Network: A Film Review by Danielle Morris

By Mar.05, 2013

By Danielle Morris

Dr Sharon Coen recently invited the MSc Media Psychology students to form a movie club to stimulate discussions about media psychology.  In the first session we watched the 1976 film ‘Network’ (written by Paddy Chayefsky and directed by Sidney Lumet) which centres of the lives of those who work in the media industry, specifically television.  Aside from being voted one of the 100 greatest American films (chosen by the AFI), this film was deemed “culturally, historically, or aesthetically significant” and selected for preservation in the United States National Film Registry.

During the media psychology film club, this film sparked a lively debate as several key themes are covered.  For example, the character of Howard Beale, an ageing TV presenter, introduces the themes of empowerment and self-efficacy.  He urges his audience to shout out “I’m a human being, goddammit! My life has value!” and stresses the role of the individual as having the power to make a change.  This monologue also sees him inciting his viewers to act, telling them to  “get up right now and go to the window, open it and stick your head out and yell I’m as mad as hell and I’m not going to take this anymore!”. Many home viewers do as they are told.  This highlights both the positive and negative implications of celebrity influence.

However, as the film suggests, it’s not just the celebrity figureheads that could be influencing the viewers, it could be the medium of television itself.  The idea of medium theory (McLuhan, 1962) is alluded to when Howard Beale exclaims “less than three percent of you people read books! Because less than fifteen percent of you read newspapers! Because the only truth you know is what you get over this tube.”  He is highlighting the idea (all the more poignant since the proliferation of the internet as a news medium) that many people rely on alternative mediums to newspapers, such as the television.  Their different qualities (e.g. audio/visual) may have differential effects on how we experience the same information.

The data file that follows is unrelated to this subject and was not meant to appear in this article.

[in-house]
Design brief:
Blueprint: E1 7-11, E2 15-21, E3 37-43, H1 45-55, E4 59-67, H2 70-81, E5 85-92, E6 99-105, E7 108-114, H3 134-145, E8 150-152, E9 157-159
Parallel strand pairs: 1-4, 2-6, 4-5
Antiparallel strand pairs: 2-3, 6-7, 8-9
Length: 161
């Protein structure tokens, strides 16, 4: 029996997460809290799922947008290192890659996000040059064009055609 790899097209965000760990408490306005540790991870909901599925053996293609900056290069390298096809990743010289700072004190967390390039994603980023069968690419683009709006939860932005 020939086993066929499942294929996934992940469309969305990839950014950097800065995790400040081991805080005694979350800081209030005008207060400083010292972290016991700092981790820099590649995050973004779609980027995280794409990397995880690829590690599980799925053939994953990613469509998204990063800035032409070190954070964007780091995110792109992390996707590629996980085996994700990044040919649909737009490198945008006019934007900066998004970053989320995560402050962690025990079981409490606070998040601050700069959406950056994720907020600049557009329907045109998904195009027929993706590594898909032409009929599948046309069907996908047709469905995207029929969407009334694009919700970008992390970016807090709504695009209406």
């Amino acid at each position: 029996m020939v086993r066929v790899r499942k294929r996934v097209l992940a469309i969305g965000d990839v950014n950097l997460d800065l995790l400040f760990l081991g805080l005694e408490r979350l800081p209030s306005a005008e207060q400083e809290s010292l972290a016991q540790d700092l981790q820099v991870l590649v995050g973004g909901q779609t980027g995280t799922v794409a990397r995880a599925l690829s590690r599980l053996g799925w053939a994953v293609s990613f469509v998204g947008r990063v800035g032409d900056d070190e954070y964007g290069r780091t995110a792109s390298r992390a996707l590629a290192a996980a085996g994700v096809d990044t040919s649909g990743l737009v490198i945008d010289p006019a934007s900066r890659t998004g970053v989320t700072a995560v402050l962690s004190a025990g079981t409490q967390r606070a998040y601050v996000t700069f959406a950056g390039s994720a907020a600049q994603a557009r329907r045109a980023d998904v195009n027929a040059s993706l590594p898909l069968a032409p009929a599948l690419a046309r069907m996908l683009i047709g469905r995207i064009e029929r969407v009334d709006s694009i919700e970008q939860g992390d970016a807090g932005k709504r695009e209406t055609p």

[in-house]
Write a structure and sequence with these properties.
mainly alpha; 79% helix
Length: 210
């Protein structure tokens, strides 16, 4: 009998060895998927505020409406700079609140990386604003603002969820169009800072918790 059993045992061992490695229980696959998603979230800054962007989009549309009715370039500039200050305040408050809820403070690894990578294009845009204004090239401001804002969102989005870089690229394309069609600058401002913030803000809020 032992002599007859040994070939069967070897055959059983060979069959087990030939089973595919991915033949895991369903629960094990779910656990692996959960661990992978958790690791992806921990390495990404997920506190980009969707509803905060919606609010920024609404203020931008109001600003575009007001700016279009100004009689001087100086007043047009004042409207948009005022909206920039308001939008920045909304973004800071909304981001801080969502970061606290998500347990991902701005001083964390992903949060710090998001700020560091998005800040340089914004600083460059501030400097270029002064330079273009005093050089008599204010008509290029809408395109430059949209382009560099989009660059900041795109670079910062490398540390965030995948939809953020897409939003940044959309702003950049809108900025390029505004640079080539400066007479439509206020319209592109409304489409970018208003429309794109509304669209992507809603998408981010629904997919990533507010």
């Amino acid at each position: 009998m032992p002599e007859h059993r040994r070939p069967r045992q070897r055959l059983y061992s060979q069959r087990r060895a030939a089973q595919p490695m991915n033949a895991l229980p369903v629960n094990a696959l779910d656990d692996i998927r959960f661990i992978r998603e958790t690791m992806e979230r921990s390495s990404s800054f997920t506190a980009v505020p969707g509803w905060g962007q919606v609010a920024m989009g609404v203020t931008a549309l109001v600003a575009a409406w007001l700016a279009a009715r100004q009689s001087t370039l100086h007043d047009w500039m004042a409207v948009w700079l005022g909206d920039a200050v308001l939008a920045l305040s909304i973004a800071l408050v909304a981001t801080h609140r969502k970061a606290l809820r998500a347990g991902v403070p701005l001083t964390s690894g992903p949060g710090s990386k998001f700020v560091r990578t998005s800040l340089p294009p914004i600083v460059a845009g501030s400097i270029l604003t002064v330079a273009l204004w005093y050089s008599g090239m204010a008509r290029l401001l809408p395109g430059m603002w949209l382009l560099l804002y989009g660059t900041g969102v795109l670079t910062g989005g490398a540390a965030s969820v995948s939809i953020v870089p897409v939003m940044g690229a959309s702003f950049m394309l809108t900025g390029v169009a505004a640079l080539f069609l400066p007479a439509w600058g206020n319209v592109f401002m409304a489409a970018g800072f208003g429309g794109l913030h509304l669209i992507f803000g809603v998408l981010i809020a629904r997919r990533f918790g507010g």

When Howard states that “This tube can make or break presidents, popes, prime ministers…This tube is the most awesome God-damned force in the whole godless world”, he refers to the idea of media framing (Entman, 1993): the power of the media and the way it reports the news can affect the way we interpret the content.  For example, it has been suggested that the way a news article is written can affect our judgement of guilt of the accused.  The idea of media agenda setting (McCombs & Shaw, 1972), or “who decides what is important and constitutes News” is also inferred when Howard wonders what will happen when the twelfth largest company in the world controls the most awesome God-damned propaganda force in the whole godless world, who knows what shit will be peddled for truth on this network”.  This is especially relevant today, in the aftermath of the Leveson enquiry (2011).

The theory of media effects is also explored, with one producer saying about another, “I’m not sure she’s capable of any real feelings. She’s television generation. She learned life from Bugs Bunny.”  This is an extension of Bandura’s Social Learning theory (1977), where it is suggested that both positive and negative behaviours can be unconsciously learnt from exposure to media (e.g. TV and video games).  There is evidence of such effects, for example on aggression and also body image in the literature (see Villani, 2001, for a review).   When Howard states that “we sit watching our TVs while some local newscaster tells us that today we had 15 homicides and 63 violent crimes, as if that’s the way it’s supposed to be” he alludes to a particular media effect: mean world syndrome (Gerbner & Gross, 1986).  This is the idea that people base their opinions of the world on what they have seen of TV, and if they only see negative news and violent fictional programmes, they assume “that the tube is reality” and that the world is a violent place.

Another interesting theme suggested by the movie is decision making and what influences it.  If the character of Arthur Jensen, CEO of the TV corporation in the movie is to be believed, “We no longer live in a world of nations and ideologies, Mr. Beale. The world is a college of corporations, inexorably determined by the immutable by-laws of business….It is the international system of currency which determines the totality of life on this planet.”  However, as psychologists we know that the cognitive processes of human decision making are a little bit more complex that!

Of course, these are just some of the themes visible in the movie ‘Network’, and this blog post is only a taster of what we discussed… you’ll have to watch the film for yourself…..or attend the next movie club!!

 

1 Comment

One thought on “Network: A Film Review by Danielle Morris

Leave a Reply